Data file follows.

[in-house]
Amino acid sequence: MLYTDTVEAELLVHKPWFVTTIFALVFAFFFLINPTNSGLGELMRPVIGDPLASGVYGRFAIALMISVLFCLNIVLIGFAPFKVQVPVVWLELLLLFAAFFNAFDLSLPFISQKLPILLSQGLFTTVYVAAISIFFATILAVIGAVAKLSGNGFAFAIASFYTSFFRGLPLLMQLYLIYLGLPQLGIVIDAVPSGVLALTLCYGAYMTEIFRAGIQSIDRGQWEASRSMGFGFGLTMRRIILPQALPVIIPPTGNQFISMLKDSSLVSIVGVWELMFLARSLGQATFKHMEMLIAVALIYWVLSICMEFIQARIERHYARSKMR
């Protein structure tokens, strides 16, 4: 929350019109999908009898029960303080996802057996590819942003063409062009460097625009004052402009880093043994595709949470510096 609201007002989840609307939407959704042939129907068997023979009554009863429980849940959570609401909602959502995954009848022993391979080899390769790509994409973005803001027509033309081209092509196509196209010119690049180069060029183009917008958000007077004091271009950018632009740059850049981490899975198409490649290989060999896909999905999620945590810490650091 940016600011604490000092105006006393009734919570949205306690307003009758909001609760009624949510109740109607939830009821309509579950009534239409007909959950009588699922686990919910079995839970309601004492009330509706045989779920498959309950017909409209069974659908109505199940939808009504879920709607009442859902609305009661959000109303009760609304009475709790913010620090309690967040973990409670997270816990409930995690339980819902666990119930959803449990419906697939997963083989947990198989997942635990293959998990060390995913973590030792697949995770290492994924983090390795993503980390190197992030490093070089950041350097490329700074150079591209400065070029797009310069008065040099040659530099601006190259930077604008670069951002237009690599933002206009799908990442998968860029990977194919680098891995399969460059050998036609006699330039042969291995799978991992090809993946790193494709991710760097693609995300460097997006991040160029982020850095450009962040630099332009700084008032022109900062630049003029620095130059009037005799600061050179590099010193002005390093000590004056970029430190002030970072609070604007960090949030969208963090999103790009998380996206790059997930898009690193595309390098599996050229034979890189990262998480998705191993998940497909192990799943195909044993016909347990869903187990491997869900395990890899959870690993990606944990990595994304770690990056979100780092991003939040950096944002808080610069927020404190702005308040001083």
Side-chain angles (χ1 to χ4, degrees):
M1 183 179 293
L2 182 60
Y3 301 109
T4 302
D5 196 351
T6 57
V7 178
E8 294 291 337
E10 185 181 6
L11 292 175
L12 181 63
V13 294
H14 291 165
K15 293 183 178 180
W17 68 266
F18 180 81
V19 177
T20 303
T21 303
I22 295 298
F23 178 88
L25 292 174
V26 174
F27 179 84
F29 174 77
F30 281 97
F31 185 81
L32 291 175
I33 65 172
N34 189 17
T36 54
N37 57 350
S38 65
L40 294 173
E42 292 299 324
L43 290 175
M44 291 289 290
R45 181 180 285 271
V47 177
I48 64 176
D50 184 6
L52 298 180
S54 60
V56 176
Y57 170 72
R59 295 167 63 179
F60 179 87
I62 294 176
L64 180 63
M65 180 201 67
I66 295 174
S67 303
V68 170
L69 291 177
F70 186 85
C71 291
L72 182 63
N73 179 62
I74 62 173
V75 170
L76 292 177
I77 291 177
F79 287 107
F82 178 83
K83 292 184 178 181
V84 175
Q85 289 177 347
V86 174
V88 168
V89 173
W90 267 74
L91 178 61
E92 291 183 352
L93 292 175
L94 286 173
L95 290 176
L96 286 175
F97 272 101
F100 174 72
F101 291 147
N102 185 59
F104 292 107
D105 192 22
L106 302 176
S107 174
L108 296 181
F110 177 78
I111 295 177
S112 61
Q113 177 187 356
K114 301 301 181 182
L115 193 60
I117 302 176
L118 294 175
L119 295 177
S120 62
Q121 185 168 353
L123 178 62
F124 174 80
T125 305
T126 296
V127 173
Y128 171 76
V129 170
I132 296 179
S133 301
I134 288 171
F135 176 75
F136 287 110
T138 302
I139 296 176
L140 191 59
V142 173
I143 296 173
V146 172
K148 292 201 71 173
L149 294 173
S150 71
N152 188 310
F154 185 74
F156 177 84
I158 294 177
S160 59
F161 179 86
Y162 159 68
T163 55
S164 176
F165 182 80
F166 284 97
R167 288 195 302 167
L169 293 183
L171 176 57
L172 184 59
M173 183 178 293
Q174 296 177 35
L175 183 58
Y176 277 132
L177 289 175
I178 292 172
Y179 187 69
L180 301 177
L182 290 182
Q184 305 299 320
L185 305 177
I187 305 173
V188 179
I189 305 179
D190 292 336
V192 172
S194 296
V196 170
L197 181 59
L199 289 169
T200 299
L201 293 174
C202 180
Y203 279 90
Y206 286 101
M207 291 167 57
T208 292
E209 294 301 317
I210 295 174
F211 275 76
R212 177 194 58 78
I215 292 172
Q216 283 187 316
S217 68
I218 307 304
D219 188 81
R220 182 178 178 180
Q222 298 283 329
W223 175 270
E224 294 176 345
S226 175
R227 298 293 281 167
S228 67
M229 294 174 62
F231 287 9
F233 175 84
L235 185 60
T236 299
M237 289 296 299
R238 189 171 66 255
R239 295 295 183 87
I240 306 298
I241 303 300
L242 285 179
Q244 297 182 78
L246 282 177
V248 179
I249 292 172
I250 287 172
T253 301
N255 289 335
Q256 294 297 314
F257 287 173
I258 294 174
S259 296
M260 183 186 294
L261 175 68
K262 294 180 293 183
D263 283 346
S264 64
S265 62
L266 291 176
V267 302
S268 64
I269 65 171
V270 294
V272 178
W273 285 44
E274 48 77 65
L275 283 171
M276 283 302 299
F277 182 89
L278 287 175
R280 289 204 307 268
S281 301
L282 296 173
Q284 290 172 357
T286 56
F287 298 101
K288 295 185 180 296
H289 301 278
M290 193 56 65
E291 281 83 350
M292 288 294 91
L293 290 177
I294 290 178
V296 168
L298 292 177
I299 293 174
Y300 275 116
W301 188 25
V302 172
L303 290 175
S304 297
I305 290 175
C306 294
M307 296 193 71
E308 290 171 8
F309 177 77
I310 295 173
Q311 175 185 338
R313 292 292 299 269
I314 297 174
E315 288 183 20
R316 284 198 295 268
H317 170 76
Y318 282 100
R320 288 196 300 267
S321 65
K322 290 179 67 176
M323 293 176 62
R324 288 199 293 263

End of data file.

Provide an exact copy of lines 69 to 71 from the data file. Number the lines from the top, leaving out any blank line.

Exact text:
K83 292 184 178 181
V84 175
Q85 289 177 347